From the New York Times:
It is about time the wildly sky-rocketing prices of a college education be addressed. While not actually depressing or stemming the increase in tuition, offering more aid is just as good a solution as any.
It must be, and I believe it is, recognised that a college education is ultimately how a country can begin progress. Oh don’t get me wrong, a college education is not necessary for an individual to be successful and happy in life — a person who has never been to college, through innovation, hard work and the right mixture of conditions can live the life he or she wants to. I’m talking about advancement and success at a national level.
A lot of the “better life” we talk about is made capable through invention — green energy, more effective farming methods, waste reduction technologies, communication, etc. — all these are the results of research and development, most if not all, made possible by researchers and scientists who have had to start in college. There are not many prodigies around who, without having to go to college, are capable of inventions at a scale enough to impact a nation as a whole; most innovations are from the toil of thousands of regular scientists who become proficient at what they do from having received the know-how and training from college and university. If a prodigy is the equivalent of a hundred scientists, rather than focus trying to find the wayward genius, it makes more sense to groom a hundred scientists instead.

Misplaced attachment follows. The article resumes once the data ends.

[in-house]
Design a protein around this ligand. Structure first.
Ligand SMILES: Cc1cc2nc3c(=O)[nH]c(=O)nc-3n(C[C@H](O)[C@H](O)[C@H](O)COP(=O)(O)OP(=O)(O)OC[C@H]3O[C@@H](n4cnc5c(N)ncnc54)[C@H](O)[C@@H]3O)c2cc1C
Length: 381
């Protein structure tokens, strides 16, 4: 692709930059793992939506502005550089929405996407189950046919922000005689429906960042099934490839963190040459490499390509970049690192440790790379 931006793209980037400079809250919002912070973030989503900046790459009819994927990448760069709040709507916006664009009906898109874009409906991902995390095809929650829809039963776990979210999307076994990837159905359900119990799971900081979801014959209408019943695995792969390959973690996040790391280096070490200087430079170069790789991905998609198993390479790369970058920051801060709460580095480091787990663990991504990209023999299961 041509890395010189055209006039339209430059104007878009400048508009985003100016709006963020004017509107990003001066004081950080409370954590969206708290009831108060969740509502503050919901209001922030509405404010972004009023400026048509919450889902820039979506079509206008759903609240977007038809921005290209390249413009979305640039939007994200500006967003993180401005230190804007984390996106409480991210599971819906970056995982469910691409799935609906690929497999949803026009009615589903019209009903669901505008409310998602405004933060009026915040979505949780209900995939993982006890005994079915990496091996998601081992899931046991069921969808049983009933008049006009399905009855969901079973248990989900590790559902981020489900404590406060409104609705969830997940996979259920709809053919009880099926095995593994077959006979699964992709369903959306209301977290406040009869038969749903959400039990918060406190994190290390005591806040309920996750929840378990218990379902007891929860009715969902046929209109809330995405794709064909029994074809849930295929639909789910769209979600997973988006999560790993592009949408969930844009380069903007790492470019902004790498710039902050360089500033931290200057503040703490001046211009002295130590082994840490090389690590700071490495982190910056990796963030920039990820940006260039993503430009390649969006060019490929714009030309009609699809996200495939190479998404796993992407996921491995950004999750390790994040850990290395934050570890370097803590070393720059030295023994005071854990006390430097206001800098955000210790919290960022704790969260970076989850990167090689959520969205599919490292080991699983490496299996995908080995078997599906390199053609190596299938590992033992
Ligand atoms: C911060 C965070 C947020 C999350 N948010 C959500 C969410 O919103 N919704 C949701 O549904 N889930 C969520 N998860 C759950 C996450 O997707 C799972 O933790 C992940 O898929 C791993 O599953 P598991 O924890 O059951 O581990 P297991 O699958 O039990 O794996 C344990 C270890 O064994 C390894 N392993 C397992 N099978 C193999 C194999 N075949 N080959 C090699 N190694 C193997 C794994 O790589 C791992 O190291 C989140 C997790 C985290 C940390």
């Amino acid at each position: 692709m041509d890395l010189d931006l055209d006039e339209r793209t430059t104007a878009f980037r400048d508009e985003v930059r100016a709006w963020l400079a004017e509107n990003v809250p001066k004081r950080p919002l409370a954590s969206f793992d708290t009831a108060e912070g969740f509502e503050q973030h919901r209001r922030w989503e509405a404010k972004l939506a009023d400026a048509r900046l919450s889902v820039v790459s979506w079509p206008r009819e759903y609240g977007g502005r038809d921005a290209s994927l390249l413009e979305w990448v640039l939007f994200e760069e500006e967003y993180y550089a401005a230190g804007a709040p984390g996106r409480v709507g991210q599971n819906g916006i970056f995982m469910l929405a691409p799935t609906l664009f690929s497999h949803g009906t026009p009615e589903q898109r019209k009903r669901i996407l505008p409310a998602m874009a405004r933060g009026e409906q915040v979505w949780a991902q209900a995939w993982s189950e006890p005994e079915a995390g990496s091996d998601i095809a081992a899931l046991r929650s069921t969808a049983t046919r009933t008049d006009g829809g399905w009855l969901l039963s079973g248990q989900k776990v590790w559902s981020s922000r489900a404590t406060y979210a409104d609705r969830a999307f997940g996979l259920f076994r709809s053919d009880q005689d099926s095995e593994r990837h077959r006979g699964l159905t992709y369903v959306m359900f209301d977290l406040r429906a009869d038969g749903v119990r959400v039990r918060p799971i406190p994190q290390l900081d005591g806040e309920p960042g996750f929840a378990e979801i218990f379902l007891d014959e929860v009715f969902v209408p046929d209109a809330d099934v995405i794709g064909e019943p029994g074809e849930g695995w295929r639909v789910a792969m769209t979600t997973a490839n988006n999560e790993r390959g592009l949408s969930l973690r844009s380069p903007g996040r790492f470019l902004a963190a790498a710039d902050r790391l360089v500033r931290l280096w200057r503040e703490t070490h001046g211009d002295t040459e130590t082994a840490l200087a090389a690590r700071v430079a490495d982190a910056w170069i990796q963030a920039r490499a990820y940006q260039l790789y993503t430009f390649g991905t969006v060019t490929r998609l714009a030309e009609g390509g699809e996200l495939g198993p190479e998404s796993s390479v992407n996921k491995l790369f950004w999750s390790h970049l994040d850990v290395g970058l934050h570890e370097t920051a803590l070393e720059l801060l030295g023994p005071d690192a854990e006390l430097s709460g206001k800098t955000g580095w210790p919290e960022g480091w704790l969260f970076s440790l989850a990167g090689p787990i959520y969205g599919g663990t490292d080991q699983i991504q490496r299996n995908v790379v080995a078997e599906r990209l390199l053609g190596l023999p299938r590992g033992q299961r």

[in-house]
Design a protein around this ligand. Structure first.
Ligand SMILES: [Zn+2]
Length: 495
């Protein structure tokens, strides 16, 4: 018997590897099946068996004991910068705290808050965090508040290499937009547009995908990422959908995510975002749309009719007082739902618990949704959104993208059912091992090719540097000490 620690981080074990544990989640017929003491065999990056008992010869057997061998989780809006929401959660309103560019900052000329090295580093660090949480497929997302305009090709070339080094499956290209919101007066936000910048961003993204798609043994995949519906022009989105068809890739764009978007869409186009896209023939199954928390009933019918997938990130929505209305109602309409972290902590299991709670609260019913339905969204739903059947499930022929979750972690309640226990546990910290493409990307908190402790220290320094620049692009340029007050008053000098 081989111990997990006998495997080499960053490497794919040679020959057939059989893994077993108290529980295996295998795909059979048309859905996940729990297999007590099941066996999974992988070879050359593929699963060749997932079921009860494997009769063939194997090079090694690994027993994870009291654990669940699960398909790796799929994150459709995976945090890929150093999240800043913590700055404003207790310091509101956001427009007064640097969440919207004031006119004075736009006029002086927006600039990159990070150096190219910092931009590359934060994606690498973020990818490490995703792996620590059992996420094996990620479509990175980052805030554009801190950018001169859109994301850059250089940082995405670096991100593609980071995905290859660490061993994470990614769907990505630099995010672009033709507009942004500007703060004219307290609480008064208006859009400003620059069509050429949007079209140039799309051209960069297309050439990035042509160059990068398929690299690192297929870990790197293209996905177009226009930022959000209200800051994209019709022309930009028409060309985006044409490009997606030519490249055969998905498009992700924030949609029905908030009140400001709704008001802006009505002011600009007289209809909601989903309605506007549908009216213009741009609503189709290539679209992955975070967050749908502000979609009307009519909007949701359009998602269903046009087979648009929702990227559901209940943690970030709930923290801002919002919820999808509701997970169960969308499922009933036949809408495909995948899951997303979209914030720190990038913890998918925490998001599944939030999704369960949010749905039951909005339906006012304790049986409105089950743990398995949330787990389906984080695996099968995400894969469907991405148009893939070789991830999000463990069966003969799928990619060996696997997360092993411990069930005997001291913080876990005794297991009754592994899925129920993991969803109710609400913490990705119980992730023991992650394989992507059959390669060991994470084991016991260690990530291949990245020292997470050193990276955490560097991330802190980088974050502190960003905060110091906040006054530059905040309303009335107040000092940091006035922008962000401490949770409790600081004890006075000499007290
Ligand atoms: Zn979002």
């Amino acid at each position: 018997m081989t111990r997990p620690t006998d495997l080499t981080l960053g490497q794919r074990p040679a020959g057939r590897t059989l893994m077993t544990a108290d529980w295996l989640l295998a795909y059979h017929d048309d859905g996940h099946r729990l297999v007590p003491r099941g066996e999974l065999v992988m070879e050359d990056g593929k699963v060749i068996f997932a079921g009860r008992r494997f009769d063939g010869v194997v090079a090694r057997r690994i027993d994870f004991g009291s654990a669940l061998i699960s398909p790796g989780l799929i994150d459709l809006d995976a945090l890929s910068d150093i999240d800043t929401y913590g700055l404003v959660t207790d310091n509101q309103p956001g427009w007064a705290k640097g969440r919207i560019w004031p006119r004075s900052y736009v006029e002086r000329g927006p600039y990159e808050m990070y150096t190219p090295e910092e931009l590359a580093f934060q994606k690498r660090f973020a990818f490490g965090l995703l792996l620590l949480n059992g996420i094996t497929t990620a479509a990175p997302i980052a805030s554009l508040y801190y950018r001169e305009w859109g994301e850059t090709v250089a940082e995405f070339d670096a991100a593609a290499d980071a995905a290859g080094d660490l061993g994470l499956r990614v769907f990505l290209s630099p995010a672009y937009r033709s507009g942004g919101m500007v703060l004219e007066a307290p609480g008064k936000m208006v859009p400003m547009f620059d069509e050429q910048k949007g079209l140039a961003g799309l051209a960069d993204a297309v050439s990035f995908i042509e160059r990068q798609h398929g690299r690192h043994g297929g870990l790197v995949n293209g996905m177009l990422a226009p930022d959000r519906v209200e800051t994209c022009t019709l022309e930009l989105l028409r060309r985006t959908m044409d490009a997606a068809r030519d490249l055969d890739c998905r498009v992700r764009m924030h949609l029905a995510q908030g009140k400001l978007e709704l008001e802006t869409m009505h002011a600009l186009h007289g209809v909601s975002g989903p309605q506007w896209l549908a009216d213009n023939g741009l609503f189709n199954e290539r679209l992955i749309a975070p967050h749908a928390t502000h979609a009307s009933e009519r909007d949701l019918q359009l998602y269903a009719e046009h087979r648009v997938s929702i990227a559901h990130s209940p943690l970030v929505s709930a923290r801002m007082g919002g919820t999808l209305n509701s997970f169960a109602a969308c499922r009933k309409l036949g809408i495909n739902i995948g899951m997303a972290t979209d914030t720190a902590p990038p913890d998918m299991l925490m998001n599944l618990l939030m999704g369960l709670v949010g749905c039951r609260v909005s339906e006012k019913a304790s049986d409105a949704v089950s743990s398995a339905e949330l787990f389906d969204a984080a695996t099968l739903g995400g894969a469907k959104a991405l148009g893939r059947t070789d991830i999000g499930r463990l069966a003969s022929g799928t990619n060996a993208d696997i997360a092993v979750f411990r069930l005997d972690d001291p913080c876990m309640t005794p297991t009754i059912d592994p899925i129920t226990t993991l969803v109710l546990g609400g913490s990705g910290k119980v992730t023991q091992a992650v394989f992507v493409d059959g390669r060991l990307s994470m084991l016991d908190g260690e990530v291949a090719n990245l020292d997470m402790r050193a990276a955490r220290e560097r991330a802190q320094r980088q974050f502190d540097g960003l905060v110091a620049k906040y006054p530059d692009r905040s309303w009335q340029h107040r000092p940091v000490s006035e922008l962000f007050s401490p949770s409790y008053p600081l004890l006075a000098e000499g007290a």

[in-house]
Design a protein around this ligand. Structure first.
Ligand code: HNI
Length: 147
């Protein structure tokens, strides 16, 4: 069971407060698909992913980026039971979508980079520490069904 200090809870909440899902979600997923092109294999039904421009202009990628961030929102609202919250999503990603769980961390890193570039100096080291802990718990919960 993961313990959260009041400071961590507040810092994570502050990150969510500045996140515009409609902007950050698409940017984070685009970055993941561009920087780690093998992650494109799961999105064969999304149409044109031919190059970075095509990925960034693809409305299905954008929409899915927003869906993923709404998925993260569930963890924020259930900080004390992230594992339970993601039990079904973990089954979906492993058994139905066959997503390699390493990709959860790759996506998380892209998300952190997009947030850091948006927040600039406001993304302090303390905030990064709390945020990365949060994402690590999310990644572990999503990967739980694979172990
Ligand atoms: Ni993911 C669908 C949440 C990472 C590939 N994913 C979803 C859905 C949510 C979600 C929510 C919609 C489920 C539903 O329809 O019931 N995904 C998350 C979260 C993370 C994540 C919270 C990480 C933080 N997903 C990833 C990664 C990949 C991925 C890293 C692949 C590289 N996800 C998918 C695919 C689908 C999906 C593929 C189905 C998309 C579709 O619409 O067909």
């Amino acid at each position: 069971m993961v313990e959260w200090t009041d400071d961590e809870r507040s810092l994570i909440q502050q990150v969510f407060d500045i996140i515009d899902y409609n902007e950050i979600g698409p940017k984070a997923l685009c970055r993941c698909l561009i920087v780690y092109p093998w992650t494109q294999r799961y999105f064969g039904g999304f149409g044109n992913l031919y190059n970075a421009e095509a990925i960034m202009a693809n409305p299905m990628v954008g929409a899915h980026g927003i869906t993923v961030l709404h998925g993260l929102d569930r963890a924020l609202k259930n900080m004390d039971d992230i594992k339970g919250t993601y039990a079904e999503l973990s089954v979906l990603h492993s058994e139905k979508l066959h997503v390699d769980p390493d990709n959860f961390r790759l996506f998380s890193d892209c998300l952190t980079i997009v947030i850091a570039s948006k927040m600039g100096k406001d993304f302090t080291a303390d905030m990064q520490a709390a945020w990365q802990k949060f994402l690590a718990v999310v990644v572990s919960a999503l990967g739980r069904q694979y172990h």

If the very basic step of even attaining a bachelors remains out of reach to many because “college is too expensive”, and there might be countless untapped future inventors and pioneers waiting for the right academic environment to unleash their potential, a lot of talent and potential is wasted; all that is achieved is college heads having their pockets lined with more money.
Why is college the vital stepping stone, and not say, high school, to a country’s advancement? It is true to say that every step along of the path of education contributes to innovation’s path, but high schools being unaffordable is not quite a problem in this country, college is.
The government is investing in the country’s future when it decides to give students access to their own ingenuity by helping make the tools affordable; knowledge, and an environment to inspire.